Peru is a constitutional, multiparty republic. President Pedro Castillo assumed the presidency in July, succeeding President Francisco Sagasti, after winning the June 6 presidential runoff, in elections that observers characterized as free and fair. Legislative elections took place concurrently to elect the 130-member, single-chamber parliament.
The Peruvian National Police report to the Ministry of Interior and maintain internal security. The Peruvian Armed Forces, reporting to the Ministry of Defense, are responsible for external security in addition to some domestic security responsibilities in designated emergency areas and in exceptional circumstances. Civilian authorities maintained effective control over security forces. There were credible reports that members of security forces committed some abuses.
Significant human rights issues included credible reports of serious government corruption at all levels, including in the judiciary; lack of investigation of and accountability for gender-based violence; and sex and labor trafficking.
The government took steps to investigate and, in some cases, prosecute or otherwise punish public officials accused of abuses and corruption, including high-level officials. Nonetheless, corruption and a perception of impunity remained prevalent and were major public concerns.
Section 4. Corruption and Lack of Transparency in Government
The law provides criminal penalties for corruption by officials; however, the government did not always implement the law effectively. There were numerous reports of corruption by government officials during the year. Citizens continued to view corruption as a pervasive problem in all branches of national, regional, and local governments.
Corruption: Several high-profile political figures remained under investigation for corruption, particularly in relation to the well publicized Odebrecht corruption scandal. There were widespread allegations of corruption in public procurement and in public-private partnerships. Large transportation and energy infrastructure contracts frequently generated high-ranking political interference and corruption, including by former presidents and regional governors. Companies also reported midlevel government officials skewed tender specifications to favor bidders who paid bribes. The COVID-19 pandemic and the urgent public procurement of medical supplies exacerbated the incidence of corruption.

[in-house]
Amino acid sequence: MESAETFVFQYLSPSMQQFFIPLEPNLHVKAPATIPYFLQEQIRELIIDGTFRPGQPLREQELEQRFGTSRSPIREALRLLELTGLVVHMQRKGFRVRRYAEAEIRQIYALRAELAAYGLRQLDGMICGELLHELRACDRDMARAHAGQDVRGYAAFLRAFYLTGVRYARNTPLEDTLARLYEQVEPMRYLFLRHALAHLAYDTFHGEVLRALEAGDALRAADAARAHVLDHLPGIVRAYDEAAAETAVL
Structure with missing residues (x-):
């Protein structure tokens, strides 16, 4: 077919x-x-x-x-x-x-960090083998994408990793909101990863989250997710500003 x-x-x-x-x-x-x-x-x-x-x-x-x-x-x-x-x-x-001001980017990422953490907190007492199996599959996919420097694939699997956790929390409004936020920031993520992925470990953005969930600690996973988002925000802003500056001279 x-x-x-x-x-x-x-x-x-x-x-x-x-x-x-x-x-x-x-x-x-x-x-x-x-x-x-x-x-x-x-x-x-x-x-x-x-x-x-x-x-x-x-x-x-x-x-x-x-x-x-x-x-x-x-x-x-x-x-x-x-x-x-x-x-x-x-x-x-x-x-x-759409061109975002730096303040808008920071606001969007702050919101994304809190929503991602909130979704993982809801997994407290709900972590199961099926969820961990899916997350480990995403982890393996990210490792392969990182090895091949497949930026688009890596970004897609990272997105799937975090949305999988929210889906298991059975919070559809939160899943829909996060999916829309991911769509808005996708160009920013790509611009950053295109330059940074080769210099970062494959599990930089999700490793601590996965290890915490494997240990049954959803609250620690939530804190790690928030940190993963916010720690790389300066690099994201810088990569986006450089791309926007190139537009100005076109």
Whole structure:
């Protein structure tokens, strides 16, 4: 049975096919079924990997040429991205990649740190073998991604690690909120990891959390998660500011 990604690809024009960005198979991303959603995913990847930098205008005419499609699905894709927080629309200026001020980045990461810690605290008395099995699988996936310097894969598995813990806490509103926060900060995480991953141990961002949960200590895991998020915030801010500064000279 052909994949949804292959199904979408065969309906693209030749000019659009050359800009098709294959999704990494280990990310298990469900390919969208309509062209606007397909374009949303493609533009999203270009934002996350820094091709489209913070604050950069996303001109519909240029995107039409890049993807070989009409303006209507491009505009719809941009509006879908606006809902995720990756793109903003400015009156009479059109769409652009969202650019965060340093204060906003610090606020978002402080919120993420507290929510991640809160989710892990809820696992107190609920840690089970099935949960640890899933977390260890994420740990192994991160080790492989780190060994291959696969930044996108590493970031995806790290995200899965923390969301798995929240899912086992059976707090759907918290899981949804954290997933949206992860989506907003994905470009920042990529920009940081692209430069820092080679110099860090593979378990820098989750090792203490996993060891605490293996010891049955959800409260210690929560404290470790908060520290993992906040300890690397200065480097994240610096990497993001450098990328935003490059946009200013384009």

There was evidence of widespread corruption in the judicial system. Prosecutors continued an investigation launched following 2018 media reports of a judicial scandal involving allegations of influence peddling and graft by judges at multiple levels. Corruption was frequent at all levels of the PNP. Observers said the 2019 creation of the National Justice Commission, an independent body in charge of hiring and disciplining prosecutors and judges, was a step toward increased transparency and accountability. The commission had removed more than 100 officials for corruption as of September, including judges and prosecutors.
Section 6. Discrimination and Societal Abuses
Acts of Violence, Criminalization, and Other Abuses Based on Sexual Orientation and Gender Identity
Discrimination, harassment, and abuse of transgender individuals, including by police and other authorities, was a serious problem. Lesbian, gay, bisexual, transgender, queer, and intersex (LGBTQI+) persons were particularly vulnerable to human trafficking and largely lacked access to comprehensive protective services.
The constitution includes a broad prohibition against discrimination, and individuals may file legal claims of discrimination based on sexual orientation or gender identity. Few national laws, however, mention sexual orientation and gender identity as explicit categories for protection from discrimination, which left room for interpretations that overlook rights for LGBTQI+ persons. Some regions and municipalities, including Piura, La Libertad, Loreto, and San Martin, had regulations that explicitly prohibit discrimination against LGBTQI+ persons and provide administrative relief but not criminal sanctions.
The law does not provide transgender persons the right to update their national identity documents to reflect their gender identity, instead requiring a long, expensive legal challenge process with unpredictable results. Transgender persons, therefore, often did not have valid national identification cards, which limited their access to government services. In September Dania Calderon became the country’s first transgender woman to change her gender marker. The case was atypical, because Calderon changed the gender on her national identity document without gender-reassignment surgery. In 2020 courts ordered the National Identity and Civil Status Registry to allow citizens to change their gender, name, and picture to reflect their current identity, but the registry had allowed only for name changes and would approve changing one’s gender on the document only after receiving proof of completed gender-reassignment surgery.
Government officials, NGO representatives, journalists, and civil society leaders reported official and societal discrimination against LGBTQI+ persons in employment, housing, education, law enforcement, and health care based on sexual orientation and gender identity. NGO representatives reported law enforcement authorities repeatedly failed to protect and, on occasion, violated the rights of LGBTQI+ citizens.